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HIGHER COST OF HIGHER EDUCATION

Posted by Texas Education on July 10, 2008

Complaints rising right along with tuition, fees
Legislators feel the heat, wonder if deregulation needs new look
I’ve not mention higher ed here, yet. But, ladies and gentlemen, here it is in all it’s glory. This has been an ever increasing sore thumb, if you will, ever since the deregulation.
Gov. Rick Perry still supports public college tuition deregulation and thinks Texas universities are ‘still a bargain,’ according to a spokeswoman.

University of Houston leaders had barely finished voting on their latest tuition increase at a recent meeting when they heard from one unhappy Cougar.

Yes, I guess college tution is a “bargin” for those who make oggles of money. But, not for us poor (and I do mean poor) working stiffs. Oggles, where the heck did that come from? Beats me. Ok, ya gots to have a sense of humor to deal with this stuff on a daily basis. I think that’s what’s wrong with those in office now, no dad gum sense of humor!!

‘Insensitive,’ state Sen. John Whitmire fumed. ‘I am terribly disappointed in my alma mater.’

And so began the latest uproar over the increasing cost of a college education in Texas, a topic gaining traction as an issue for upcoming state political campaigns and the next legislative session.

Tuition at Texas universities rose 58 percent between 2003, when schools were first allowed to set their own rates, and 2007. Student fees have gone up, too.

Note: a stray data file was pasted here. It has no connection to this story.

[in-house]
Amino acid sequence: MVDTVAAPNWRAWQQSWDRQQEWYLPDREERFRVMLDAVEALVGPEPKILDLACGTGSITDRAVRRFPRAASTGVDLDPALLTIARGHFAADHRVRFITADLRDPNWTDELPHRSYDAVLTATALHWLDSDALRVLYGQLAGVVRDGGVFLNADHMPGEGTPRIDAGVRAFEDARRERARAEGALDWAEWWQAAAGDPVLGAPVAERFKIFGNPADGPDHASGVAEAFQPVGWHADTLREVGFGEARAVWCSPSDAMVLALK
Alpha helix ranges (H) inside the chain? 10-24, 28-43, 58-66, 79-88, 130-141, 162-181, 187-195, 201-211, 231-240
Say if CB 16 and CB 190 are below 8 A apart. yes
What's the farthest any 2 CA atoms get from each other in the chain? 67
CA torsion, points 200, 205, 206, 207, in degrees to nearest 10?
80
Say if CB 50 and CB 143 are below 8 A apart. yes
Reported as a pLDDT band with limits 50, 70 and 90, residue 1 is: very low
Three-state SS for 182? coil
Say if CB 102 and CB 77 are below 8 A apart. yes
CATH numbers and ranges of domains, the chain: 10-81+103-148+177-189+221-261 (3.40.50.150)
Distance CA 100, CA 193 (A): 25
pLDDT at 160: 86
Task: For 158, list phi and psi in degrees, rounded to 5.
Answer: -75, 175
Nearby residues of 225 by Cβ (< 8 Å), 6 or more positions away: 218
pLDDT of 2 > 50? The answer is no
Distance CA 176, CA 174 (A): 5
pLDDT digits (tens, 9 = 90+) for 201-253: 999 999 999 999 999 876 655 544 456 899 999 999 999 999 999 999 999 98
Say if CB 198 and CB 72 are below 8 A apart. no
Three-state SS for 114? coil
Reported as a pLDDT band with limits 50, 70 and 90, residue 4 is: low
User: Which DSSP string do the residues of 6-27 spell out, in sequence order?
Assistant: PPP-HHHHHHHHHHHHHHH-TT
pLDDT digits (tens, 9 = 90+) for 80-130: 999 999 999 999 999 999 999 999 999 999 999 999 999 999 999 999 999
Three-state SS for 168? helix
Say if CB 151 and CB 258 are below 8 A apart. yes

Driving them away

Legislators agreed to let university regents — appointed by the governor — set tuition in 2003 when they faced a $10 billion budget shortfall. In exchange, general revenue appropriations for higher education were cut by 2 percent, or $181 million. The idea was that university regents could raise tuition to make up the difference.

They did. State spending on higher education also has grown in the past five years, although not enough to keep pace with inflation or enrollment, so per-student spending has dropped.

Legislators expect a surplus of $10 billion or more when they meet in January. How much, if any, will go to higher education remains to be seen.

‘It is a very timely subject, simply because so many persons are impacted,’ said Sen. Judith Zaffirini, D-Laredo, chair of the Senate subcommittee on higher education. ‘We have more students than ever continuing their education.’

But that touches on a key issue. As Texas pushes students to attend college, rising tuition threatens to drive them away.

‘Be careful what you ask for’

University leaders say they need more state money and the continued ability to set tuition. Ellis, for one, said deregulation may have created a Catch-22.

‘I tell my friends in higher ed, be careful what you ask for,’ he said. ‘They get criticized for raising tuition, and it makes it more difficult to get state funding. (Legislators) say, you have the ability to raise tuition.’

Ellis, like Whitmire, also a Democrat from Houston, voted against deregulation in 2003 and still opposes it. Zaffirini said she reluctantly voted for it; she hasn’t taken a public stand this time.

No decision will be made in a vacuum.

‘There’s no question that the legislators feel burnt,’ blamed by voters for higher tuition but unable to do anything about it, said Bob Stein, a political scientist at Rice University.

But he predicts that the state is unlikely to retake control of tuition.

This again, is like letting the genie out of the bottle, I keep hearing the phrase echoing time and time again, you can’t put it back.

Ellis said he may tackle the issue through an amendment to a bill with bipartisan support, rather than taking it on directly.

If that doesn’t work, he predicts ‘an attempt to do some cosmetic things that will quell some of the political heat that people are taking. I think we’re going to have a lot of angry students, as well as working-class parents.’

Get the full story from JEANNIE KEVER Copyright 2008 Houston Chronicle

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